|PHI||InfoSec||Protected health information (PHI) is any information in the medical record or designated record set that can be used to identify an individual and that was created, used, or disclosed in the course of providing a health care service, such as diagnosis or treatment.||Protected Health Information|
|PI||Operations||A Program Increment (PI) is a timebox during which an Agile Release Train (ART) delivers incremental value in the form of working, tested software and systems. PIs are typically 8–12 weeks long. The most common pattern for a PI is four development Iterations, followed by one Innovation and Planning (IP) Iteration. A Program Increment is to an ART (or Solution Train), as an Iteration is to the Agile Team. It’s a fixed timebox for building and validating a full system increment, demonstrating value, and getting fast feedback. Each PI uses cadence and synchronization to: |
• Facilitate planning.
• Limit Work in Process (WIP).
• Summarize newsworthy value for feedback.
• Assure consistent, program-level retrospectives.
Due to its scope, the PI provides several observations appropriate for portfolio-level consideration and roadmapping.
|PII||InfoSec||Information that can be used to distinguish or trace the identity of an individual (name, Social Security number, biometric records, etc.) alone or when combined with other personal or identifying information that is linked or linkable to a specific individual (date and place of birth, mother’s maiden name, etc.).||Personally Identifiable Information|
|PO||Product||POs are domain experts that can clearly understand and articulate customer needs, convert those needs into epics, features, and user stories, and submit them to product teams for acceptance into the appropriate backlogs. As work is accepted and implemented by product teams, the PO communicates progress back to the customer, in near-real-time, and regularly hosts live demos in the customer’s UAT environment, potentially at the end of every 2-week iteration.|
POs gather all business requirements for go-live on BriteCore products.
|POs are domain experts that understand and articulate customer needs, convert those needs into epics, features, and user stories, and submit them to product teams for acceptance into the appropriate backlogs. As work is accepted and implemented by product teams, the PO communicates progress back to the customer, in near-real-time, and regularly hosts live demos in the customer’s UAT environment, potentially at the end of every 2-week iteration.|
POs gather all business requirements for go-live on BriteCore products.
|Policy Aggregate Limit||Insurance||A large magnitude loss that is fairly unpredictable, such as a tornado.|
Example: On a commercial product liability policy, there may be a limit of $1M for a product. If there are three claims where total Incurred is $500k each, the policy will only pay out to the first two claimants.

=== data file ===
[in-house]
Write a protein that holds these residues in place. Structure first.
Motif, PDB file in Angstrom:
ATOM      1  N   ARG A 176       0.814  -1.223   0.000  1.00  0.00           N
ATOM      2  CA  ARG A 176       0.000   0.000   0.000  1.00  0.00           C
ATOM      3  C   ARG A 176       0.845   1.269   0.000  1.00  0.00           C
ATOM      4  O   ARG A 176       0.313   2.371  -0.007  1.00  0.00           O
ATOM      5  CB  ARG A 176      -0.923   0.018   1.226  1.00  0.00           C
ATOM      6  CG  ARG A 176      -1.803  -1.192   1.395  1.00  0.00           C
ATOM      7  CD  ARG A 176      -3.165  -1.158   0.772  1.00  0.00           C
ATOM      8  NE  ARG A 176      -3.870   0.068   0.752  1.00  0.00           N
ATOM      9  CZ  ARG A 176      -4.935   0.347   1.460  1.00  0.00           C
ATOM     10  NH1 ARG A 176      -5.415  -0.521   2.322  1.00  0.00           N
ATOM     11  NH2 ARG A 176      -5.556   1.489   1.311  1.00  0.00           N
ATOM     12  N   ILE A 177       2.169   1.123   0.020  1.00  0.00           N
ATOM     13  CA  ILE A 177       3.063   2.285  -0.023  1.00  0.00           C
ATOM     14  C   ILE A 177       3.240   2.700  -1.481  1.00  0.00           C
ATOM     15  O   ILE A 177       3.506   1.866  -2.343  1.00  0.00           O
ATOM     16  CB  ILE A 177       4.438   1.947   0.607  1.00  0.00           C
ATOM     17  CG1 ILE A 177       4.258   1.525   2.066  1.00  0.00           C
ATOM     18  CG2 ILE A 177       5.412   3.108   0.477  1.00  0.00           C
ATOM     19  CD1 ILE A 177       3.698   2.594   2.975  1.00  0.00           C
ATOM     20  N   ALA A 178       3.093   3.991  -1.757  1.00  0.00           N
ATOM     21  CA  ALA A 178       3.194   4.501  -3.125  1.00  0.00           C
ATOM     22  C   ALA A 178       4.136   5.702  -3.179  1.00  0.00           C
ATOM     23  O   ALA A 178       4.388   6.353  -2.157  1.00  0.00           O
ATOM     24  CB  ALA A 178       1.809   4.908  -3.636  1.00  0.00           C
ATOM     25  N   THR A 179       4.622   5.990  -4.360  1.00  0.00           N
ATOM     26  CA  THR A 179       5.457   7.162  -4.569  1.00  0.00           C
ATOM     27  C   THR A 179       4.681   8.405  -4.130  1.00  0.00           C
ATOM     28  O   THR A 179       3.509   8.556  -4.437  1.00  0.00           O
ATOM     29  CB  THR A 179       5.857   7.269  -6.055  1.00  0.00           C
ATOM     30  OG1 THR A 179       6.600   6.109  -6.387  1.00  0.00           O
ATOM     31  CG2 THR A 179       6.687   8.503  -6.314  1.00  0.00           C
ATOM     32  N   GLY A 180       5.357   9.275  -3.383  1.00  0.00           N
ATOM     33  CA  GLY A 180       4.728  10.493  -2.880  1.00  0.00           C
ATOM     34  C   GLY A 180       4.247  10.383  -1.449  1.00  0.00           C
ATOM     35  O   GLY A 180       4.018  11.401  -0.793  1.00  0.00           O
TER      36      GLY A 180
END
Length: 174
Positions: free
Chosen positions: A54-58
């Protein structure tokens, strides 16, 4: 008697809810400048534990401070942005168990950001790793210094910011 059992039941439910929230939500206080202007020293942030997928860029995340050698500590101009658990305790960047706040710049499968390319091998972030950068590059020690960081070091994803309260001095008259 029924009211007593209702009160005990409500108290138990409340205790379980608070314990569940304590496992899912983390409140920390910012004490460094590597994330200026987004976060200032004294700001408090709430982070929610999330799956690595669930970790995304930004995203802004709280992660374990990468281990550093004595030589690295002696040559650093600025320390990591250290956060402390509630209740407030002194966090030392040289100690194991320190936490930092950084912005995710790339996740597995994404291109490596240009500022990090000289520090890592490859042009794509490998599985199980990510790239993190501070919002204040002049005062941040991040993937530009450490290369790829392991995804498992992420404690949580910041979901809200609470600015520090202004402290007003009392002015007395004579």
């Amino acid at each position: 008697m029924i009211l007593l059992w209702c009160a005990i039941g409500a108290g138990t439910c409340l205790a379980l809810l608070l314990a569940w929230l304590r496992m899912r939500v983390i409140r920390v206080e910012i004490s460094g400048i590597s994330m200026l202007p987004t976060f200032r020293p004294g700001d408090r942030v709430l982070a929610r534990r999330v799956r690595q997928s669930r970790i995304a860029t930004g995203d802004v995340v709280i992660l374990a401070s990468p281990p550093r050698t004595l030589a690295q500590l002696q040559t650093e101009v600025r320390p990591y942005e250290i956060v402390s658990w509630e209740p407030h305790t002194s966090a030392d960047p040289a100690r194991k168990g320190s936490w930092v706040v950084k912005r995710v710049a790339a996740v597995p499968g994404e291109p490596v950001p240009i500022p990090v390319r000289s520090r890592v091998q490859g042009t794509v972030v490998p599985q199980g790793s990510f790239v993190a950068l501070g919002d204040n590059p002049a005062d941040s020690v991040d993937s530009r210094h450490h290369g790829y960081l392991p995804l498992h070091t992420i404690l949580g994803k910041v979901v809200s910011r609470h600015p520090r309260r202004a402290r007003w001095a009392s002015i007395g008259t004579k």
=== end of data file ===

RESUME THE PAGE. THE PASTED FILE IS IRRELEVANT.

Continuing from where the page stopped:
*Personal auto doesn't have a Policy Aggregate Limit.
|Policy Level Coverage Limit||Insurance|
The maximum amount the insurance company will pay for a particular loss or losses, subject to the terms and conditions of the insurance policy.
|Policy Print||Engineering||A process that runs each night to print all paper deliverables for clients.|
|Policy type||Product||This is a flexible term that can either refer to a line of business or forms within a line of business, depending upon your setup. Within the insurance world, this may be referred to as an insurance product or insurance package. |
• Line of business
• Policy type/form/insurance package
|Portable Storage Device||InfoSec||A portable device that can connect to an information system (IS), computer, or network to provide data storage. These devices interface with the IS through processing chips and may load driver software, presenting a greater security risk to the IS than non-device media, such as optical discs or flash memory cards. Examples include, but are not limited to USB flash drives, external hard drives, and external solid state disk (SSD) drives. Portable storage devices also include memory cards that have additional functions aside from standard data storage and encrypted data storage, such as built-in Wi-Fi connectivity and global positioning system (GPS) reception. |
Also see Removable Media.
|Postmortem||InfoSec||A process, usually performed at the conclusion of a project or event, to determine and analyze elements of the project that were successful or unsuccessful.|
|PR||Engineering||Pull requests let you tell others about changes you've pushed to a branch in a repository on GitHub. Once a pull request is opened, you can discuss and review the potential changes with collaborators and add follow-up commits before your changes are merged into the base branch.||Pull Request|